By David Judd
Norfolk County wants to buy the former Doverwood School.
The county has not decided what it would do with the school building on Highway 6 on the east side of Port Dover.
Its immediate interest is in the property’s 14 acres, which will help serve as a buffer when the town’s sewage treatment facility next door expands in a few years.
County councillors at a special meeting on April 1 unanimously voted to negotiate buying the school from the Grand Erie District School Board.
Doverwood has been vacant since pupils moved last fall to the new Lakewood School in the former high school building downtown.
If the county and school board agree on a price, the sale should be wrapped up by autumn, Port Dover Coun. John Wells said in an interview.
It makes sense for the county to twin the property with the sewage treatment facility next door, he said.
The county has budgeted $8 million to expand the treatment plant by 2020.
The enlarged facility must be a distance away from neighbours who might complain about odours.
The county currently does not want the Doverwood property developed for housing.
Odour is an occasional problem at Doverwood, said Coun. Wells, a former teacher at the school for 13 years.
The county hopes the enlarged sewage treatment facility will end odours.
The county also wants to protect the Lions Club’s investment in the new ball diamond at Doverwood.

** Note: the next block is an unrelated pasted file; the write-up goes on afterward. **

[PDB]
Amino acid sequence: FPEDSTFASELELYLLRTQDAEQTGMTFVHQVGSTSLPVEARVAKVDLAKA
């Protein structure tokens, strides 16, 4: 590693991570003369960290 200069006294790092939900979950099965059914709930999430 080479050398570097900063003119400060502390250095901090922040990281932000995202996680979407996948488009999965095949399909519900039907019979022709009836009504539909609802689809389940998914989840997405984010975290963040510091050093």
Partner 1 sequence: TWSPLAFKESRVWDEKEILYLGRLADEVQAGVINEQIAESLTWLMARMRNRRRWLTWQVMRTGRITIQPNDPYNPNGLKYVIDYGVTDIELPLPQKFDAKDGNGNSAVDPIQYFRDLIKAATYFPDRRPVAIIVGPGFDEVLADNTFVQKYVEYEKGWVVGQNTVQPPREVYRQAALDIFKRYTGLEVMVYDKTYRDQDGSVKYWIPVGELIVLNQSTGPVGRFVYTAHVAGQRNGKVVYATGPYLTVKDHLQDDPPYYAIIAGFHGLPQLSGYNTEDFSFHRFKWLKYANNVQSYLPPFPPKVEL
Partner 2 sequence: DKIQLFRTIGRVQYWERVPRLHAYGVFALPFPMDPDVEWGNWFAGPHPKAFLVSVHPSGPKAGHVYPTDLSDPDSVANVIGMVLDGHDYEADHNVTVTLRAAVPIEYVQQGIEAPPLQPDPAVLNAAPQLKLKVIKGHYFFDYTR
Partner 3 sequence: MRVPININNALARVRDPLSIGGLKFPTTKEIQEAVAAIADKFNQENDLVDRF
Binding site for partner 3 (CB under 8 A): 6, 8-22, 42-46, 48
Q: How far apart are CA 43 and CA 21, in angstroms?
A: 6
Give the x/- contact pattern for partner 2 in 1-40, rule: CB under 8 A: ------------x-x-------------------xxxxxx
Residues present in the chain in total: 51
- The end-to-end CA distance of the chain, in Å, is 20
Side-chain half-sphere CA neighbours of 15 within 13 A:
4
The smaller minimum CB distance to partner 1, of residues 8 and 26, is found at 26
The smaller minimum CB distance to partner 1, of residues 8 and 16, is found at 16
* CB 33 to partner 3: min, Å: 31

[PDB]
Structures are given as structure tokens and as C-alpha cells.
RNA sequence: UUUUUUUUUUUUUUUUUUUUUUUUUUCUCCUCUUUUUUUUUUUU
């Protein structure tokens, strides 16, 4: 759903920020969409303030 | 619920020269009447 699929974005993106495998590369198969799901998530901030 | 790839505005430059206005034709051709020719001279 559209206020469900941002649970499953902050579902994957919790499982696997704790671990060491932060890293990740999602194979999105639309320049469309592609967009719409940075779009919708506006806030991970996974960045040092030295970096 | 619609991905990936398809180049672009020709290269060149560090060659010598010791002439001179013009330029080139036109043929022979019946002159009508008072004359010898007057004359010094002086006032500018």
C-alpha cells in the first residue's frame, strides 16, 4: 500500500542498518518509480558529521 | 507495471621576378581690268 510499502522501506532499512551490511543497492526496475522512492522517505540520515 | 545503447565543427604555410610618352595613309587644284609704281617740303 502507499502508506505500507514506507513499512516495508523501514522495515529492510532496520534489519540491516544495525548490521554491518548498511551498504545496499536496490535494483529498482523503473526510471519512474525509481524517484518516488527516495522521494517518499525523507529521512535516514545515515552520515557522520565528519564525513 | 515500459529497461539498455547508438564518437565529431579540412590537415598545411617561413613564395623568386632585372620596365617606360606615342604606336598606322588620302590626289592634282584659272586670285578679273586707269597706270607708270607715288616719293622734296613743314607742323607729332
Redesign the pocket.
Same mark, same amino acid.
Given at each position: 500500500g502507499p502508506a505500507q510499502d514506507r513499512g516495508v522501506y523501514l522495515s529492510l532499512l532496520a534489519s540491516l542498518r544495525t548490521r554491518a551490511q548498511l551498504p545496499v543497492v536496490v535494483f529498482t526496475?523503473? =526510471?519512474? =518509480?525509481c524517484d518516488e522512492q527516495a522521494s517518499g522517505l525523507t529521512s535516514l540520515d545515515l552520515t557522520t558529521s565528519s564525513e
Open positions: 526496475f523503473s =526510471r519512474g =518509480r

The Lions spent around $100,000 moving the diamond to the school.
The diamond had been near the arena. Lions moved it to make way for a proposed medical centre.
The county’s purchase of Doverwood would protect its diamond from having to move again.
Visitors to Friday the 13th sometimes camp at the school property.
Retired Port Dover firefighter Tom Myerscough was quick off the mark last Tuesday in asking county council to consider Doverwood as the home for the proposed Community and Children’s Safety Village.
Creating the village would cost between $2.5 million and $2.75 million.
Operating it would cost $125,000 a year paid through sponsorships.
Organizers have been looking at a site in Haldimand but Doverwood would be ideal, Mr. Myerscough said.
A miniature village to teach childen traffic safety would take up four acres.
Indoor instruction would occupy six classrooms and an office.
It would be “dandy” if a seniors centre also located in the school, Mr. Myerscough said.
Safety is for all ages, he told reporters.
Doverwood School was built in 1967.
It’s not known how much it would cost to renovate it for a safety village, Mr. Myerscough said.
Sharing the building with seniors or other groups would be a win-win situation, he said.
“We want the building used all the way through.”
Posted: April 8, 2014